We are the bankers of the whole world. If the North sends money to the South, or the East to the West, the money must be sent through London, there is no other way. ... We are the bullion dealers of the world: all gold and silver is brought direct to England in payment of debts due to us and then is redistributed by us in the shape of public and private loans. ... We have the lion's share in every mine. ... We are the great capitalists of the world. It may be truly said that there is not at any time any corner of the world in which Englishmen have not more or less pecuniary interest. ...

English capital performs the internal traffic of every country, and largely supplies the means of interior production. ... We are the annuitants of the world. We have loaned money to every government, and almost to every municipality. Every country has to pay large sums to the English as interest upon loans, amounting to many hundreds of millions [of pounds]. ... Nothing is too large and nothing is too small for English capital. ... The very waterworks of Berlin were constructed by the English, and are owned in England. So endless are the ramifications of British trade and enterprise, that... in fact more than half the world is mortgaged to England."
The conquest of America seemed irresistible...

Moolfolk elaborates the way London bankers came to control the bulk of American industries including oil, steel, shipping, railroads, mining, timber trade, real estate development, farming, as well as wholesale and retail trade. He cited an American banker who told him that,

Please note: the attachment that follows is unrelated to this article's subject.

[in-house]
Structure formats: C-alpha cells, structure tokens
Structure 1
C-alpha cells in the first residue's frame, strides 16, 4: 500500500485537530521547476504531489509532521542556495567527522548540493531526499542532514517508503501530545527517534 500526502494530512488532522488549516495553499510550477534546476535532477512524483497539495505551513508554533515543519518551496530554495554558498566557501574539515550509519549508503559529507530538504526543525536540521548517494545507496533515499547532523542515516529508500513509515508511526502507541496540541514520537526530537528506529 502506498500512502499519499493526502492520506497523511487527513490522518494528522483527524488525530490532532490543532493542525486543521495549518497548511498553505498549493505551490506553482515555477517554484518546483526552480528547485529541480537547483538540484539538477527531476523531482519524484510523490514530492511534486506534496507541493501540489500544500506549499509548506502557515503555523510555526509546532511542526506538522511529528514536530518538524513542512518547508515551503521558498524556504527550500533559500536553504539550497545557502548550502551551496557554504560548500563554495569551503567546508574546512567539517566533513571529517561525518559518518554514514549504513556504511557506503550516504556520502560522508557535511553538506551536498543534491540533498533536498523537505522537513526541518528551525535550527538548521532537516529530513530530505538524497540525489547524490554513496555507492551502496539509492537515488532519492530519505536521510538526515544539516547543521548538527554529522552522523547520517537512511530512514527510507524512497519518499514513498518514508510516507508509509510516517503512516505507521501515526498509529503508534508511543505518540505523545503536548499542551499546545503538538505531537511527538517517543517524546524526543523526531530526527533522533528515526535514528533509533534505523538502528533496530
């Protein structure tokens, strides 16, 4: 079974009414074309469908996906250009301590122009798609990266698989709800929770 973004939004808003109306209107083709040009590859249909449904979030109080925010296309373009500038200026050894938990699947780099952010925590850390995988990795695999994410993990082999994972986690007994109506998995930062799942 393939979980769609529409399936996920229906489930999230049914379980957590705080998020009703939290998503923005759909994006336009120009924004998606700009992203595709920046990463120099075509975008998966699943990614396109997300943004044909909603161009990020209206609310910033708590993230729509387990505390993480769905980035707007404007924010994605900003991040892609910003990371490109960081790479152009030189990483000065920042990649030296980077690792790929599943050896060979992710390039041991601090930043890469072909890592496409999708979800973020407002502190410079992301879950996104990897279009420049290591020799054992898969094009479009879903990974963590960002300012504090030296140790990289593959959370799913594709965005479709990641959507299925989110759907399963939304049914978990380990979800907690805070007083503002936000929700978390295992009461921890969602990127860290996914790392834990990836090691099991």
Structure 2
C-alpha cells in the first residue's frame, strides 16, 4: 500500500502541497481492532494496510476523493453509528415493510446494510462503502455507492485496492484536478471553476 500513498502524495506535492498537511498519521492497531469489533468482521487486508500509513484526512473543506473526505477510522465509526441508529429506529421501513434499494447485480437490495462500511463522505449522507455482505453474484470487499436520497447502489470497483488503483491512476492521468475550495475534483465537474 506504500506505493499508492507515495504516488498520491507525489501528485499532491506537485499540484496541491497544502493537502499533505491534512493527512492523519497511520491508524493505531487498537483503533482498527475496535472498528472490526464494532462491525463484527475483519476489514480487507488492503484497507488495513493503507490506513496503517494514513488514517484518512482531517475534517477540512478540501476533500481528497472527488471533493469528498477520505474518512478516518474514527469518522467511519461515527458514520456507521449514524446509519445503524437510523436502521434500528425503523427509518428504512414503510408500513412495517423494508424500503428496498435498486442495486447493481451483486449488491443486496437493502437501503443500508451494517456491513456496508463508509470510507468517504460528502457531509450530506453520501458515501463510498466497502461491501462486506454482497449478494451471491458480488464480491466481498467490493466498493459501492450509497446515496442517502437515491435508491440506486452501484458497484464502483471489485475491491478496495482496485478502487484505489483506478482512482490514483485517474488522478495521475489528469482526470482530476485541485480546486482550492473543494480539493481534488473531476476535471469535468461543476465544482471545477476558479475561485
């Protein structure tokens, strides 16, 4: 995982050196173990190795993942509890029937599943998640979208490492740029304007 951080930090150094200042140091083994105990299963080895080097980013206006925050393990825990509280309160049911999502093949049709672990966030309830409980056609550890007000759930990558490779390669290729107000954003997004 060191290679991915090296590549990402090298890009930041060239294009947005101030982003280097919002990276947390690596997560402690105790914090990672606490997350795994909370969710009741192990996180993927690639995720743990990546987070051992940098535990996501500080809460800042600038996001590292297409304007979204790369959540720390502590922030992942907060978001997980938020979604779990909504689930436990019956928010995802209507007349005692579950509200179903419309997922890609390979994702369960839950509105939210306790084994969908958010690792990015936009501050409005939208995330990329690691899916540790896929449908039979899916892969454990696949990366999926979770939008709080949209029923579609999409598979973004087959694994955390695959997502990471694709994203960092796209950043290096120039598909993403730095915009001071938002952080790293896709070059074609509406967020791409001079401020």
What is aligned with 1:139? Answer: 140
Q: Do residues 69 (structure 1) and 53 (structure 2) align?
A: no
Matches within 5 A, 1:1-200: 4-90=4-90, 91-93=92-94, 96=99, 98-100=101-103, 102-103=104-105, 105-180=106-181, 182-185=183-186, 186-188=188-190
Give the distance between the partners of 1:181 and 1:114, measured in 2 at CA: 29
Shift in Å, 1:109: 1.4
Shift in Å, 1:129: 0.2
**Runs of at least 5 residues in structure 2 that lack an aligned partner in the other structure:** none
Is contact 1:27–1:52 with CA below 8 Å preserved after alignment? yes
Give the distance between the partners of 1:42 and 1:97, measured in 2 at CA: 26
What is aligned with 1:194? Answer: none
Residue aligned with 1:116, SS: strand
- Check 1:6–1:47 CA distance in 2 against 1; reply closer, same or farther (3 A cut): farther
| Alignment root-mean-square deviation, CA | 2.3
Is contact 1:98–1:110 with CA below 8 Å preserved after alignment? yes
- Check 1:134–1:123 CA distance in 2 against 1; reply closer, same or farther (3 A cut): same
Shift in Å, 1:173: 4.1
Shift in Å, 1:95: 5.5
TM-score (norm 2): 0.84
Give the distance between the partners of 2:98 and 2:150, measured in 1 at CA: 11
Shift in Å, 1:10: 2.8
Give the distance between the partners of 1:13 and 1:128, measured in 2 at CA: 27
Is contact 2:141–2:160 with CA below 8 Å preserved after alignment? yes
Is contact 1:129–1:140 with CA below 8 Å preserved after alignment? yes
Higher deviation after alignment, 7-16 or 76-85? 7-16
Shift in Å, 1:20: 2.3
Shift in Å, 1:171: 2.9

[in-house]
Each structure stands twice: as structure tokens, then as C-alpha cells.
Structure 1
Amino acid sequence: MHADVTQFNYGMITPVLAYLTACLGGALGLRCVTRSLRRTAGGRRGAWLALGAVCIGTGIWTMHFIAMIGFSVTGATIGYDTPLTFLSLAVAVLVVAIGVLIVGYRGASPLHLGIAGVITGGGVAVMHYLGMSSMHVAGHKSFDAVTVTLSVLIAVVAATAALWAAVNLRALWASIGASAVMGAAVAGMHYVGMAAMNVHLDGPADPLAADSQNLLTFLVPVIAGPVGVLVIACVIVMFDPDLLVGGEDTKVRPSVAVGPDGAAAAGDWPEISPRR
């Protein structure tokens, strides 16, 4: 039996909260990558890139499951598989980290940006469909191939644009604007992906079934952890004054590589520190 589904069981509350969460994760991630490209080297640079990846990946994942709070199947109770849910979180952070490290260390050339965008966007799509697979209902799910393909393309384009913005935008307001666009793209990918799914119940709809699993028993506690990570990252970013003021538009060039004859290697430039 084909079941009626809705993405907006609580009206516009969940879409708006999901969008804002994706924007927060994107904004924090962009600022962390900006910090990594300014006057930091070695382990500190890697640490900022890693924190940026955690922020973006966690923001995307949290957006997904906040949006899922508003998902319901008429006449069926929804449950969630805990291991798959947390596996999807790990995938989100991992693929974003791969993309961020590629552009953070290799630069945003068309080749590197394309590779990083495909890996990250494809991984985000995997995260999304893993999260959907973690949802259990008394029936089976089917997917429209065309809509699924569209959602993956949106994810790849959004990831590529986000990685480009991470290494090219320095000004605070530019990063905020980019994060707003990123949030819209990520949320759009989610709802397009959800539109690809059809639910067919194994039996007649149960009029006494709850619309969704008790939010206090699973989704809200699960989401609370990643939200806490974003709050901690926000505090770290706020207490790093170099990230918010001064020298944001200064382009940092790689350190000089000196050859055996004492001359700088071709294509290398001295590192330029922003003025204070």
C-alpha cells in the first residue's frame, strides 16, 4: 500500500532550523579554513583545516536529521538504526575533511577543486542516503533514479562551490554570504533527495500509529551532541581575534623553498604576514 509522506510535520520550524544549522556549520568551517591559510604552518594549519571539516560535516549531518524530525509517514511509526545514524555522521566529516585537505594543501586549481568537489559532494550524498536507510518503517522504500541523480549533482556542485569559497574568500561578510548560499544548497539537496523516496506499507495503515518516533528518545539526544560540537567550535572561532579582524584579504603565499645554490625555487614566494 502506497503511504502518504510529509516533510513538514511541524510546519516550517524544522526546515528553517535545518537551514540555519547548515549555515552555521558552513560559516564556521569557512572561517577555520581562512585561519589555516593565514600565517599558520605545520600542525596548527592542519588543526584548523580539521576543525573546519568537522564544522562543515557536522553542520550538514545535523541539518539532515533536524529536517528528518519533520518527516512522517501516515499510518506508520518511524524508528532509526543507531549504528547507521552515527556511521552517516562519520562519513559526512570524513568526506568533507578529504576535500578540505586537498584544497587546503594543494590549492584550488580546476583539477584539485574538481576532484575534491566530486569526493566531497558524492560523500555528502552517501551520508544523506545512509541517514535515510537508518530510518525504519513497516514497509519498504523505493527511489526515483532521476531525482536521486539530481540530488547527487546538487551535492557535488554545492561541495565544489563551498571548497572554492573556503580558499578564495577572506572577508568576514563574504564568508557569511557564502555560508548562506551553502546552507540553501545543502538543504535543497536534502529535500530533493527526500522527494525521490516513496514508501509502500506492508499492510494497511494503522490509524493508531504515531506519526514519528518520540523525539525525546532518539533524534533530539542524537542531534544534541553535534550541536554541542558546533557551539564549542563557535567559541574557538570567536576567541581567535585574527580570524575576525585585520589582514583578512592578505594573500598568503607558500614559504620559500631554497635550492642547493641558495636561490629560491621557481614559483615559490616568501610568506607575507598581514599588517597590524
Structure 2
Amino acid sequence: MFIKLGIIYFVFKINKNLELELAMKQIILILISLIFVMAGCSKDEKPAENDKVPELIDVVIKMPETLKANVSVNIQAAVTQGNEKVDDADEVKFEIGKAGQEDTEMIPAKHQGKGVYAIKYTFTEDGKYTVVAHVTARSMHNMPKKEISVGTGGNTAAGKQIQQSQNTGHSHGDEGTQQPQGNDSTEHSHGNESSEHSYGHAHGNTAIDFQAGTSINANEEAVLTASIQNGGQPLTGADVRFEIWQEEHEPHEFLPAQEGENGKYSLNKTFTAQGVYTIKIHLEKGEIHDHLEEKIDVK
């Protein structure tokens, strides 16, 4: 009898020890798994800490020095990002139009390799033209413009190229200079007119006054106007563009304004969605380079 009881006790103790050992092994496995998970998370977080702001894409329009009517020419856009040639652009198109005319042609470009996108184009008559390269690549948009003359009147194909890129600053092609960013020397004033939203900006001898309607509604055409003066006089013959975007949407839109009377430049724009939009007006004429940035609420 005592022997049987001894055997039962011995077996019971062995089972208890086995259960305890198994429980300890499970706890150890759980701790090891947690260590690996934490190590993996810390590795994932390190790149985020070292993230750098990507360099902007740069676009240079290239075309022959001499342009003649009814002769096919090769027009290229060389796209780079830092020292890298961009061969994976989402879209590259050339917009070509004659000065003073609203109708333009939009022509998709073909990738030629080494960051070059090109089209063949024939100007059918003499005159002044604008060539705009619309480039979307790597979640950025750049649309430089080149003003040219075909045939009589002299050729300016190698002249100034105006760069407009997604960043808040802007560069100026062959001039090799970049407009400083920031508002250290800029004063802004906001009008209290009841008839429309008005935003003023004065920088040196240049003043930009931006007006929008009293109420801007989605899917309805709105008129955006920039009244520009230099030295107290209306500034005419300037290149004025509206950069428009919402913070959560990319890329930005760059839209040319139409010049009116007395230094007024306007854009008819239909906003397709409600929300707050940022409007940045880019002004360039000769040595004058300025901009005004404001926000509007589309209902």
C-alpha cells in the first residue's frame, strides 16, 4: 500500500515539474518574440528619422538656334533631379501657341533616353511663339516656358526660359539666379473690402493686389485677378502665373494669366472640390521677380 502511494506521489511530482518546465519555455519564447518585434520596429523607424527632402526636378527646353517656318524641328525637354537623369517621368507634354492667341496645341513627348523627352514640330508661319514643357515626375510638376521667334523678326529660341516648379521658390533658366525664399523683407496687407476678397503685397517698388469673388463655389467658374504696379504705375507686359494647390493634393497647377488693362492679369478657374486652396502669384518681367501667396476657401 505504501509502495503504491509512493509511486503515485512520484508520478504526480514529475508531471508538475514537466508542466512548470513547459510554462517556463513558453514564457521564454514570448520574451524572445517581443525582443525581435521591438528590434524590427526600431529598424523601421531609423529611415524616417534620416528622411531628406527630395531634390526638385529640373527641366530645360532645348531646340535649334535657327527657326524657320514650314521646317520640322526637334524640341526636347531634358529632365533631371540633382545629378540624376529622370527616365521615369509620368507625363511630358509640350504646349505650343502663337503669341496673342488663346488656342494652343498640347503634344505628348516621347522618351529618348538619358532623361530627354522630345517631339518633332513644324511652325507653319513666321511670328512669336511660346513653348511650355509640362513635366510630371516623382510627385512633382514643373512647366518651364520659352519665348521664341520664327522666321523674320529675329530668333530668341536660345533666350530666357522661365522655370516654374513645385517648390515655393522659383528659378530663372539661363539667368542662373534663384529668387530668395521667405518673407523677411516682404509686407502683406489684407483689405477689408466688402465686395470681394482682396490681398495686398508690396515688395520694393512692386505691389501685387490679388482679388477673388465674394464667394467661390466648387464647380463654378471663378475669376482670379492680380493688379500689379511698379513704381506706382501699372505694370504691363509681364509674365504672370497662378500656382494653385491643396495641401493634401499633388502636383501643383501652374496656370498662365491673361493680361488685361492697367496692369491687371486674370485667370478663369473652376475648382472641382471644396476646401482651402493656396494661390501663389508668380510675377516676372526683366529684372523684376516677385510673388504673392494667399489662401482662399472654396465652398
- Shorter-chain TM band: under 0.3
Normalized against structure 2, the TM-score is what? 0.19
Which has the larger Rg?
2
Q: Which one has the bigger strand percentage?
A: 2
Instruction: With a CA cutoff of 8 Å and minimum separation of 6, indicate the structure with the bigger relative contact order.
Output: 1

"the money line... always has three points: the agent in the West, who loans the money; the intermediary in the East from whom he gets it; but the third point in the line is always London. There is where the money is coming from."
At the time the process appeared unstoppable: "If things go on as they are," lamented Moolfolk, "in a few years more, the Money Power will have monopolized the retail traffic, as it has monopolized and is now monopolizing all the other branches of business in this country."

... but their empire will still collapse

But even by the time The Great Red Dragon was published, British bankers' colossal empire was already well past peak and had begun its irreversible decline. The gushing, self-congratulatory 1864 pamphlet about the unassailable British hegemony was a reflection of that era's groupthink about their own version of "full spectrum dominance" and the "end of history."

But then as now, as impressive as empires appear in their zenith, they are always unsustainable. The whole business model just simply doesn't work and without exception always leads to failure. Undeterred, our imperial oligarchies can't seem to give up on their delusions of grandeur; they refuse to learn their history and won't stop their destructive march of folly - probably until enough of us have said, enough already.